John Yoo’s NYT Op-Ed Backfire

The New York Times yesterday gave most of its op-ed page to John Yoo, the Berkeley law professor who attracted odium from adversaries for writing the Bush-era legal memos seeming to condone torture as a presidential prerogative. The op-ed purports to challenge the views of Solicitor General Elena Kagan on presidential power, the tenor suggesting Yoo doubts she holds the correct views for a Supreme Court nominee.

If that is its purpose, though, the op-ed backfires, making it sound as if Kagan’s views are in the legal mainstream and Yoo’s views off in the fringe. One thus wonders why Yoo wrote the piece for publication in the Times—it is easy to understand why the Times would run it (and why Yoo would want to communicate it to like-leaning minds).

Yoo champions what he calls “the Bush administration’s theories of the unitary executive.” This refers to an interpretation of the Constitution reposing executive power exclusively in the President, unbound by Congress or courts. Yoo reads a 2001 Kagan law review article to reject finding any constitutional basis for such broad assertions of presidential power. To Yoo, this would be the mark of a bad judge, unsuited for the Supreme Court; what Yoo shows, however, is that this would be the mainstream.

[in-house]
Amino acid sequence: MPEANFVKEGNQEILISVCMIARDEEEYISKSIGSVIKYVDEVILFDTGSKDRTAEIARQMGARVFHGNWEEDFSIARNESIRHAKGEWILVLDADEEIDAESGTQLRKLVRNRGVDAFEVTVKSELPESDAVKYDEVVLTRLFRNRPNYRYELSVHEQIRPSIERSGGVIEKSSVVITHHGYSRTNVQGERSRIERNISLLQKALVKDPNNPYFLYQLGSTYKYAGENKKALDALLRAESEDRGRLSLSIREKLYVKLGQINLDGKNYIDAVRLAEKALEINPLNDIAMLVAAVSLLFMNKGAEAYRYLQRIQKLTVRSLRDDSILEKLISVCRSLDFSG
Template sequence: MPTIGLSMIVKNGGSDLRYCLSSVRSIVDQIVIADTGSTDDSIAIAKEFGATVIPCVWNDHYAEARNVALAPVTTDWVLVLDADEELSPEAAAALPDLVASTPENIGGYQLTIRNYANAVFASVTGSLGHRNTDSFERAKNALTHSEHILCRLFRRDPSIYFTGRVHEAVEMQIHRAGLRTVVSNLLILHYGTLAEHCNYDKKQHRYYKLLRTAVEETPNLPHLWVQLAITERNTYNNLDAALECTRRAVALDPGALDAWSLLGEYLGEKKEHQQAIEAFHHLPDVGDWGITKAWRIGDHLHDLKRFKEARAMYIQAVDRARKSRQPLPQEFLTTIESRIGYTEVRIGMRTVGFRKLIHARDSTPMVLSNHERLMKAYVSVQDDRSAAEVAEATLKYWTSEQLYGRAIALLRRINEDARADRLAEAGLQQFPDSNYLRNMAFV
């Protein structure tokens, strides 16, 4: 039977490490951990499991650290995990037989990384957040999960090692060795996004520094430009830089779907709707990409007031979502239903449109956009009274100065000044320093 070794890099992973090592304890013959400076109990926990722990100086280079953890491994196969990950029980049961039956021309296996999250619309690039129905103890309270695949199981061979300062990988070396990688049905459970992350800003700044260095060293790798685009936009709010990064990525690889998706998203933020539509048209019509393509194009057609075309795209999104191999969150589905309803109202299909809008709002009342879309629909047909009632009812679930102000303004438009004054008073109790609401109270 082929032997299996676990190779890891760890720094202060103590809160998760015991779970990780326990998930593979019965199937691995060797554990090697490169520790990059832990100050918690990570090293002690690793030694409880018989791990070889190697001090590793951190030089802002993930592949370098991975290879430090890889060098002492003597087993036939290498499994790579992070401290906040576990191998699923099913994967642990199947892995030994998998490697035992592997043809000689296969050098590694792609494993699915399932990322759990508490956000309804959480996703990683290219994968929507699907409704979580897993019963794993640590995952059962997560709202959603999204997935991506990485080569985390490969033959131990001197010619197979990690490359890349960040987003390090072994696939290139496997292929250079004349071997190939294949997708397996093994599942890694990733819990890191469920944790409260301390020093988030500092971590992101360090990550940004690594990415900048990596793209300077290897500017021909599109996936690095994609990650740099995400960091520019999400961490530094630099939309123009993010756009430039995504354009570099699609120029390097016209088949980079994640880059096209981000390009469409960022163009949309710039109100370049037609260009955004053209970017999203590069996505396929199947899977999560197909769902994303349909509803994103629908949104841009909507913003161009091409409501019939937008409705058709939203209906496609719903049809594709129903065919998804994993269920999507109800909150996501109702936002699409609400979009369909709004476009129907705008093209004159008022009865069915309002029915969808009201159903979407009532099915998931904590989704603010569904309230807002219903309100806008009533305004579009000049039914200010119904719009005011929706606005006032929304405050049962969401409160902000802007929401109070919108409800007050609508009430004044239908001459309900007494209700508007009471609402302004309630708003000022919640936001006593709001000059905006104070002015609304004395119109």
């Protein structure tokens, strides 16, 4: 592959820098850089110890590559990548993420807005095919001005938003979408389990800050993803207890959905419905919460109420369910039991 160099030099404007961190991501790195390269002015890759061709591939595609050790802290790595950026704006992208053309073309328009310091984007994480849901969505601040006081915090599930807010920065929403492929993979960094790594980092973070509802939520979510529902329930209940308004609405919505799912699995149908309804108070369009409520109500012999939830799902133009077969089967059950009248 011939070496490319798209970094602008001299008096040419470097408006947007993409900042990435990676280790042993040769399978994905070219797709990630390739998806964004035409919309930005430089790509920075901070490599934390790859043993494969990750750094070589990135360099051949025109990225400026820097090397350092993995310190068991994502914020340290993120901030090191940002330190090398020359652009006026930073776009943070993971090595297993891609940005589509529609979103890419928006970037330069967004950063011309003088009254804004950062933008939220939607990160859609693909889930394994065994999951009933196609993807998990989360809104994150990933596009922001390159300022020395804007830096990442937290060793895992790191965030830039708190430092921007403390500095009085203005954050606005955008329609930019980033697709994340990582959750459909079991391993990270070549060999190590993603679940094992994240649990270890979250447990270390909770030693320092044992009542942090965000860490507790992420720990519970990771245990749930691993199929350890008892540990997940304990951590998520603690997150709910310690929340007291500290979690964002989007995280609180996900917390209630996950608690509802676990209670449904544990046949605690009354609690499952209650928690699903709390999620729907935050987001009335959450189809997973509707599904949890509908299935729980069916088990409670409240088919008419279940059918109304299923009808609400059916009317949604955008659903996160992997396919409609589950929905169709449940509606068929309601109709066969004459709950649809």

Yoo makes a strong case that Kagan’s views are in the mainstream.  He interprets Kagan’s view as “in line with the views of a majority of the Supreme Court justices and many liberal scholars.” He also says she bases this rejection of absolute executive power on “Supreme Court precedent” (citing Youngstown Sheet and Tube, the 1952 denial of presidential power to seize private steel mills in wartime).

Yoo strengthens his inadvertent case for Kagan by adding that one Justice concurring in Youngstown, Robert Jackson, had, as attorney general in an earlier administration, asserted such broad power but, as a judge, was constrained to deny it. What that example suggests, yet Yoo seems to miss, is that Presidents and attorneys general, as politicians, are more likely to assert sweeping power than judges, as guardians of constitutional order, will recognize as lawful.

For his contrasting case, Yoo declares it to be “simply wrong” that the Constitution denies to the President the sweeping powers Yoo sees in that document.  For this, he cites dissenting opinions of the Supreme Court, criticizing Kagan for relying upon majority opinions which hold the opposite.  He also relies on what “presidents [since George Washington] have understood” about their authority.  Yet these are not sources or applications of law; they are self-interested assertions of power.